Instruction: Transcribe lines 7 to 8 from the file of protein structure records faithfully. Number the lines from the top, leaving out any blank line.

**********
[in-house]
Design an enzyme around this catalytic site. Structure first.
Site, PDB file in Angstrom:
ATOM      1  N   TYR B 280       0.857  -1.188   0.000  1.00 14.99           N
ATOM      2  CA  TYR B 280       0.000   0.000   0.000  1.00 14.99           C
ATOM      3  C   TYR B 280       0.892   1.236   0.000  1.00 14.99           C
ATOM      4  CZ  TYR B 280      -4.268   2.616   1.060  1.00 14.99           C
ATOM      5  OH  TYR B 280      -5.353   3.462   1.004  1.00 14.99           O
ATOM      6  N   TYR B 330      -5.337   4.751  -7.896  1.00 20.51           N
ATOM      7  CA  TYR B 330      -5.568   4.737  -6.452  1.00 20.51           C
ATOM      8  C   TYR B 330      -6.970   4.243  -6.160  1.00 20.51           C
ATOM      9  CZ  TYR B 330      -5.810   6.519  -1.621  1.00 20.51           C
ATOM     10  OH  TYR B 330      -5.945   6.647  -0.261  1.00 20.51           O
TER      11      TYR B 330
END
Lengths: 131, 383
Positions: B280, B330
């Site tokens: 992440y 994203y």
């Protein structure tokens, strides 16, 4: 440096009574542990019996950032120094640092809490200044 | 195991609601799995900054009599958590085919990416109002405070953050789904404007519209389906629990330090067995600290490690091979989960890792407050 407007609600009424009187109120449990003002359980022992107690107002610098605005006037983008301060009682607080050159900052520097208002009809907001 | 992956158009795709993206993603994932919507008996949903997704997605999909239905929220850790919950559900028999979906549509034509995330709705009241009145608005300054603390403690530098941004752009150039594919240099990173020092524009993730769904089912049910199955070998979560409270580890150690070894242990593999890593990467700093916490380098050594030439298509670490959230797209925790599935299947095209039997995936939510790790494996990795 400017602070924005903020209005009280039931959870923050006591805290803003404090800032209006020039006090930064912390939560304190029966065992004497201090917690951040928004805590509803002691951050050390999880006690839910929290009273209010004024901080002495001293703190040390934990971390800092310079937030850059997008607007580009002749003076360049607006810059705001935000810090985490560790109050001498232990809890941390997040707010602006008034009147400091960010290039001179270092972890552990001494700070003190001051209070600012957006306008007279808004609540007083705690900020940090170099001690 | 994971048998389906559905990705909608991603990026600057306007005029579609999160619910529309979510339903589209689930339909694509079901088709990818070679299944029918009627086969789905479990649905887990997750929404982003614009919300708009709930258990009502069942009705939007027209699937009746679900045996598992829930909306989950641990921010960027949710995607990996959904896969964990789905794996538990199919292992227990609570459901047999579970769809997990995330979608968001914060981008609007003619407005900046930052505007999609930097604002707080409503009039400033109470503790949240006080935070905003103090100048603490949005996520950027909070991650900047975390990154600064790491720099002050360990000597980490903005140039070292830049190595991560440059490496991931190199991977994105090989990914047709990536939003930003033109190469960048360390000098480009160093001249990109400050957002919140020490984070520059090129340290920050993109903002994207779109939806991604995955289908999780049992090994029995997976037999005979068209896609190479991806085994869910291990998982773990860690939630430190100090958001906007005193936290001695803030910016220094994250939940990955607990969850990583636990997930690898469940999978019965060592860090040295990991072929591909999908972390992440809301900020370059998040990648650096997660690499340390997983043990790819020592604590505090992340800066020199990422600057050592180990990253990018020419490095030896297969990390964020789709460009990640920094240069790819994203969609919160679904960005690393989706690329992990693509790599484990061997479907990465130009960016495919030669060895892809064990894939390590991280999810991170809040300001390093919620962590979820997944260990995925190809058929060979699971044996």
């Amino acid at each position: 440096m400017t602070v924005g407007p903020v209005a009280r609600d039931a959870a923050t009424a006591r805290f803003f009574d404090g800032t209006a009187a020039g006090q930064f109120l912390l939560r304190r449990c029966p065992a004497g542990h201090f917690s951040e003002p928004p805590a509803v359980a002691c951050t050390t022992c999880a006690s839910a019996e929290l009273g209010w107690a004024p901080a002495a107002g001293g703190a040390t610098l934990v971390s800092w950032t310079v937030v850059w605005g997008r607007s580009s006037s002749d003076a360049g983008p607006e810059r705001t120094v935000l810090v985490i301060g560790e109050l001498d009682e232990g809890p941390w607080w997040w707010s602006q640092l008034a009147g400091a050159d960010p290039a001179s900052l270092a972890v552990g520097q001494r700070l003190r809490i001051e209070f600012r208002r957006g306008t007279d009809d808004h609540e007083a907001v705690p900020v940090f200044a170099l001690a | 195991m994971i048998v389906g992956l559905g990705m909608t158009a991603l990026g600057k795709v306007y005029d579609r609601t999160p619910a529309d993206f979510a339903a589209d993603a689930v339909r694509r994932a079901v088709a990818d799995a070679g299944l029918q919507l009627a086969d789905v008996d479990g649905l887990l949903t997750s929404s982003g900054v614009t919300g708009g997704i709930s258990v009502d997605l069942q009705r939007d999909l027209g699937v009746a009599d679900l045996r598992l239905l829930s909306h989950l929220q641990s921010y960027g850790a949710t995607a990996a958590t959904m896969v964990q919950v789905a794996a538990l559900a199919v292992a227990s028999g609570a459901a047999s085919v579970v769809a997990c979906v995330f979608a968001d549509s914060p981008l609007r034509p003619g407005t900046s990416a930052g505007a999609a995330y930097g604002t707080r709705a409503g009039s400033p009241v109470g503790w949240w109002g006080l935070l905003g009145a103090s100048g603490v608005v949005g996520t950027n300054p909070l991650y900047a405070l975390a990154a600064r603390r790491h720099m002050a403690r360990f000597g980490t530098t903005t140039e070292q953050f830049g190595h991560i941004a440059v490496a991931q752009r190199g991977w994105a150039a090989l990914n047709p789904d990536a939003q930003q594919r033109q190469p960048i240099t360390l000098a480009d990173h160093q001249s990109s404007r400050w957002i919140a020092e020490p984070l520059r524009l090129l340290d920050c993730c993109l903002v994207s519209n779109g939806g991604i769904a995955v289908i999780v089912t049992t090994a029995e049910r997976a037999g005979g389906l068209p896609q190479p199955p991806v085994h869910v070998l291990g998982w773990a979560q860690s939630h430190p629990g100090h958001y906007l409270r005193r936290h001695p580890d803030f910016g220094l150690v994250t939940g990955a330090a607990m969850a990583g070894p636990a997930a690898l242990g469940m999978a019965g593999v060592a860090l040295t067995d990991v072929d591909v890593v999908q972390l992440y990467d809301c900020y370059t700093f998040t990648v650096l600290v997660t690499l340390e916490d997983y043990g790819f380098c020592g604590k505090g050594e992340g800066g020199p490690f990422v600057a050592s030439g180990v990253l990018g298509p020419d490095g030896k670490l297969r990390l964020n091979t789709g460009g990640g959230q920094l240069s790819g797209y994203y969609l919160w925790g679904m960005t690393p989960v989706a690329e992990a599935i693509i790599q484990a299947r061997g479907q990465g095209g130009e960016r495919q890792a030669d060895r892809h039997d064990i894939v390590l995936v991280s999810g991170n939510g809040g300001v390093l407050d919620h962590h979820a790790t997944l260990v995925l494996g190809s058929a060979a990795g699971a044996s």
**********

ATOM      4  CZ  TYR B 280      -4.268   2.616   1.060  1.00 14.99           C
ATOM      5  OH  TYR B 280      -5.353   3.462   1.004  1.00 14.99           O